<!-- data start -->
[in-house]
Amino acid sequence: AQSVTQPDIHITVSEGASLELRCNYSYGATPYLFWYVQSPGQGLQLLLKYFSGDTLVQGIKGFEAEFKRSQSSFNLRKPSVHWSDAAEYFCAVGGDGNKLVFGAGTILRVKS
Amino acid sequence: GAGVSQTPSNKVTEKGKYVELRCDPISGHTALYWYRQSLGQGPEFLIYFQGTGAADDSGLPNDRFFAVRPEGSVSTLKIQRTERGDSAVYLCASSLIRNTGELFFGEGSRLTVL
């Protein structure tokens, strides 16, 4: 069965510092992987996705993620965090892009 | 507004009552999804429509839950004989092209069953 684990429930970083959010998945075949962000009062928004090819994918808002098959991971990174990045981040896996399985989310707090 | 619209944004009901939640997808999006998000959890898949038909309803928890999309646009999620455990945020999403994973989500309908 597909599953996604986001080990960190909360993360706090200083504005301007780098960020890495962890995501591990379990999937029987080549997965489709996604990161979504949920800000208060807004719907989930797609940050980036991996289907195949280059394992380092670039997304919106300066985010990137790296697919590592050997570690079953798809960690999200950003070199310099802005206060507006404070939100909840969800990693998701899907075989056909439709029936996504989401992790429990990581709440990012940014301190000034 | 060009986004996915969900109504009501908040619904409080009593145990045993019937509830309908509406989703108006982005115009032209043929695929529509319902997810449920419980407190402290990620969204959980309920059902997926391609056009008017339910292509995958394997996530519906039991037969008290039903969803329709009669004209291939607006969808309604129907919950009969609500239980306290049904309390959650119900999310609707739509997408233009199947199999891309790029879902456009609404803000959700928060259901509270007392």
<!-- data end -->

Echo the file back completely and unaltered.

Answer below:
[in-house]
Amino acid sequence: AQSVTQPDIHITVSEGASLELRCNYSYGATPYLFWYVQSPGQGLQLLLKYFSGDTLVQGIKGFEAEFKRSQSSFNLRKPSVHWSDAAEYFCAVGGDGNKLVFGAGTILRVKS
Amino acid sequence: GAGVSQTPSNKVTEKGKYVELRCDPISGHTALYWYRQSLGQGPEFLIYFQGTGAADDSGLPNDRFFAVRPEGSVSTLKIQRTERGDSAVYLCASSLIRNTGELFFGEGSRLTVL
């Protein structure tokens, strides 16, 4: 069965510092992987996705993620965090892009 | 507004009552999804429509839950004989092209069953 684990429930970083959010998945075949962000009062928004090819994918808002098959991971990174990045981040896996399985989310707090 | 619209944004009901939640997808999006998000959890898949038909309803928890999309646009999620455990945020999403994973989500309908 597909599953996604986001080990960190909360993360706090200083504005301007780098960020890495962890995501591990379990999937029987080549997965489709996604990161979504949920800000208060807004719907989930797609940050980036991996289907195949280059394992380092670039997304919106300066985010990137790296697919590592050997570690079953798809960690999200950003070199310099802005206060507006404070939100909840969800990693998701899907075989056909439709029936996504989401992790429990990581709440990012940014301190000034 | 060009986004996915969900109504009501908040619904409080009593145990045993019937509830309908509406989703108006982005115009032209043929695929529509319902997810449920419980407190402290990620969204959980309920059902997926391609056009008017339910292509995958394997996530519906039991037969008290039903969803329709009669004209291939607006969808309604129907919950009969609500239980306290049904309390959650119900999310609707739509997408233009199947199999891309790029879902456009609404803000959700928060259901509270007392």